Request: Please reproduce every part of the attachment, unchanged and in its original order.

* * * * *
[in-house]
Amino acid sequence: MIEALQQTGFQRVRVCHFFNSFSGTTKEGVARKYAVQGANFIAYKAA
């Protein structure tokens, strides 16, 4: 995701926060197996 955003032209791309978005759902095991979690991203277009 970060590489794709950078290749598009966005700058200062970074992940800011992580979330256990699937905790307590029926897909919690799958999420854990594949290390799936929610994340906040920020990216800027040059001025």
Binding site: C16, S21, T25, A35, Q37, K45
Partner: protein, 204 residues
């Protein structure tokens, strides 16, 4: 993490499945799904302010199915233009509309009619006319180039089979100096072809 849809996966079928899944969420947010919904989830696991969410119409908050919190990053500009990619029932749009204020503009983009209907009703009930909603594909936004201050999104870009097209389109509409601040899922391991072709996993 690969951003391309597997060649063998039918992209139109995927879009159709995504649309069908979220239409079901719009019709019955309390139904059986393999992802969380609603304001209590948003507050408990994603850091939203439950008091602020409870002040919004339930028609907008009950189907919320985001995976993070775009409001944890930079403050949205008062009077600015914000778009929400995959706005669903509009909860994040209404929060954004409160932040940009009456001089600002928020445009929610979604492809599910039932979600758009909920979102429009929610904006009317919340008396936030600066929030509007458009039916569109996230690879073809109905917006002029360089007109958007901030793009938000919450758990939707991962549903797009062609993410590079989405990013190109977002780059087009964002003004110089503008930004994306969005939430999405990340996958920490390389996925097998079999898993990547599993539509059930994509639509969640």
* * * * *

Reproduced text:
[in-house]
Amino acid sequence: MIEALQQTGFQRVRVCHFFNSFSGTTKEGVARKYAVQGANFIAYKAA
């Protein structure tokens, strides 16, 4: 995701926060197996 955003032209791309978005759902095991979690991203277009 970060590489794709950078290749598009966005700058200062970074992940800011992580979330256990699937905790307590029926897909919690799958999420854990594949290390799936929610994340906040920020990216800027040059001025």
Binding site: C16, S21, T25, A35, Q37, K45
Partner: protein, 204 residues
């Protein structure tokens, strides 16, 4: 993490499945799904302010199915233009509309009619006319180039089979100096072809 849809996966079928899944969420947010919904989830696991969410119409908050919190990053500009990619029932749009204020503009983009209907009703009930909603594909936004201050999104870009097209389109509409601040899922391991072709996993 690969951003391309597997060649063998039918992209139109995927879009159709995504649309069908979220239409079901719009019709019955309390139904059986393999992802969380609603304001209590948003507050408990994603850091939203439950008091602020409870002040919004339930028609907008009950189907919320985001995976993070775009409001944890930079403050949205008062009077600015914000778009929400995959706005669903509009909860994040209404929060954004409160932040940009009456001089600002928020445009929610979604492809599910039932979600758009909920979102429009929610904006009317919340008396936030600066929030509007458009039916569109996230690879073809109905917006002029360089007109958007901030793009938000919450758990939707991962549903797009062609993410590079989405990013190109977002780059087009964002003004110089503008930004994306969005939430999405990340996958920490390389996925097998079999898993990547599993539509059930994509639509969640």